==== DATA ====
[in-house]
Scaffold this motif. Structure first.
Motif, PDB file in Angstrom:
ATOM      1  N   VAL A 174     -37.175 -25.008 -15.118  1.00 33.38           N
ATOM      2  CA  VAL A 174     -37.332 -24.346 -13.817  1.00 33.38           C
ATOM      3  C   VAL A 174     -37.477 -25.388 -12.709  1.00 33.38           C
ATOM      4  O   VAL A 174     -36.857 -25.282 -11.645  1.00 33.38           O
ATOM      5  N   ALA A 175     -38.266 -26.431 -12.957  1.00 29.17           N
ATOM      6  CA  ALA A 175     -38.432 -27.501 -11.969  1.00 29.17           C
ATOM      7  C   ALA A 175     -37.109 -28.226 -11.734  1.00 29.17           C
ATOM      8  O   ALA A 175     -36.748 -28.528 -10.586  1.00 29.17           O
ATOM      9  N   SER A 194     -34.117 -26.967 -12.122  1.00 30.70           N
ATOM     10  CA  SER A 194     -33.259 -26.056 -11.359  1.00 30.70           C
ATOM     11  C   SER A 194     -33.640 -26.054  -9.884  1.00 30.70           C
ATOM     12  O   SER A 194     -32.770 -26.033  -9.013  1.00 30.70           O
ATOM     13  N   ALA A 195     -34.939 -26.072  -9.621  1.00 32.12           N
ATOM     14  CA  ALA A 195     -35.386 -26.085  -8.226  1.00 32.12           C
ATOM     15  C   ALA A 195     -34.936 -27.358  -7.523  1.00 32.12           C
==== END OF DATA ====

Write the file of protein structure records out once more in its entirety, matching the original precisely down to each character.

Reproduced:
[in-house]
Scaffold this motif. Structure first.
Motif, PDB file in Angstrom:
ATOM      1  N   VAL A 174     -37.175 -25.008 -15.118  1.00 33.38           N
ATOM      2  CA  VAL A 174     -37.332 -24.346 -13.817  1.00 33.38           C
ATOM      3  C   VAL A 174     -37.477 -25.388 -12.709  1.00 33.38           C
ATOM      4  O   VAL A 174     -36.857 -25.282 -11.645  1.00 33.38           O
ATOM      5  N   ALA A 175     -38.266 -26.431 -12.957  1.00 29.17           N
ATOM      6  CA  ALA A 175     -38.432 -27.501 -11.969  1.00 29.17           C
ATOM      7  C   ALA A 175     -37.109 -28.226 -11.734  1.00 29.17           C
ATOM      8  O   ALA A 175     -36.748 -28.528 -10.586  1.00 29.17           O
ATOM      9  N   SER A 194     -34.117 -26.967 -12.122  1.00 30.70           N
ATOM     10  CA  SER A 194     -33.259 -26.056 -11.359  1.00 30.70           C
ATOM     11  C   SER A 194     -33.640 -26.054  -9.884  1.00 30.70           C
ATOM     12  O   SER A 194     -32.770 -26.033  -9.013  1.00 30.70           O
ATOM     13  N   ALA A 195     -34.939 -26.072  -9.621  1.00 32.12           N
ATOM     14  CA  ALA A 195     -35.386 -26.085  -8.226  1.00 32.12           C
ATOM     15  C   ALA A 195     -34.936 -27.358  -7.523  1.00 32.12           C